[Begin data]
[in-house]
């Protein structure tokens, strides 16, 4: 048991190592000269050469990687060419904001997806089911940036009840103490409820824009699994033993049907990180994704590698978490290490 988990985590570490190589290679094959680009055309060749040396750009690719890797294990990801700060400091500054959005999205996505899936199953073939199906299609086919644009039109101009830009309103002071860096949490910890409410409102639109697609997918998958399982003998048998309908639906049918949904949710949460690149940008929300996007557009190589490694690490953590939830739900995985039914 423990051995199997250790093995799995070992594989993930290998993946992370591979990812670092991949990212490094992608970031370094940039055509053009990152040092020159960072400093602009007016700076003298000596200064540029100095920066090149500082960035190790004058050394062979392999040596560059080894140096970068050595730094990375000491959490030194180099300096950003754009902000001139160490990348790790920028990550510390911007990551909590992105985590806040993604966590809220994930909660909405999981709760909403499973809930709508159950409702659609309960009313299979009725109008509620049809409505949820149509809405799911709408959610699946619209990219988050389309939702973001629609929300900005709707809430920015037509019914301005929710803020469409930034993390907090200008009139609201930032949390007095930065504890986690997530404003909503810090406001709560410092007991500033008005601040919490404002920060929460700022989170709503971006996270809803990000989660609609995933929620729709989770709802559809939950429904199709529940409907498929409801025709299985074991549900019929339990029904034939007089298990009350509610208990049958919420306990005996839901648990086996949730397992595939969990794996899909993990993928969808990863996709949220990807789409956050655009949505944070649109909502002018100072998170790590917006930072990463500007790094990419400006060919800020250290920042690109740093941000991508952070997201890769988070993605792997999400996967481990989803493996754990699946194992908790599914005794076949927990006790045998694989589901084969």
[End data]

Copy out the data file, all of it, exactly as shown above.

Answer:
[in-house]
């Protein structure tokens, strides 16, 4: 048991190592000269050469990687060419904001997806089911940036009840103490409820824009699994033993049907990180994704590698978490290490 988990985590570490190589290679094959680009055309060749040396750009690719890797294990990801700060400091500054959005999205996505899936199953073939199906299609086919644009039109101009830009309103002071860096949490910890409410409102639109697609997918998958399982003998048998309908639906049918949904949710949460690149940008929300996007557009190589490694690490953590939830739900995985039914 423990051995199997250790093995799995070992594989993930290998993946992370591979990812670092991949990212490094992608970031370094940039055509053009990152040092020159960072400093602009007016700076003298000596200064540029100095920066090149500082960035190790004058050394062979392999040596560059080894140096970068050595730094990375000491959490030194180099300096950003754009902000001139160490990348790790920028990550510390911007990551909590992105985590806040993604966590809220994930909660909405999981709760909403499973809930709508159950409702659609309960009313299979009725109008509620049809409505949820149509809405799911709408959610699946619209990219988050389309939702973001629609929300900005709707809430920015037509019914301005929710803020469409930034993390907090200008009139609201930032949390007095930065504890986690997530404003909503810090406001709560410092007991500033008005601040919490404002920060929460700022989170709503971006996270809803990000989660609609995933929620729709989770709802559809939950429904199709529940409907498929409801025709299985074991549900019929339990029904034939007089298990009350509610208990049958919420306990005996839901648990086996949730397992595939969990794996899909993990993928969808990863996709949220990807789409956050655009949505944070649109909502002018100072998170790590917006930072990463500007790094990419400006060919800020250290920042690109740093941000991508952070997201890769988070993605792997999400996967481990989803493996754990699946194992908790599914005794076949927990006790045998694989589901084969």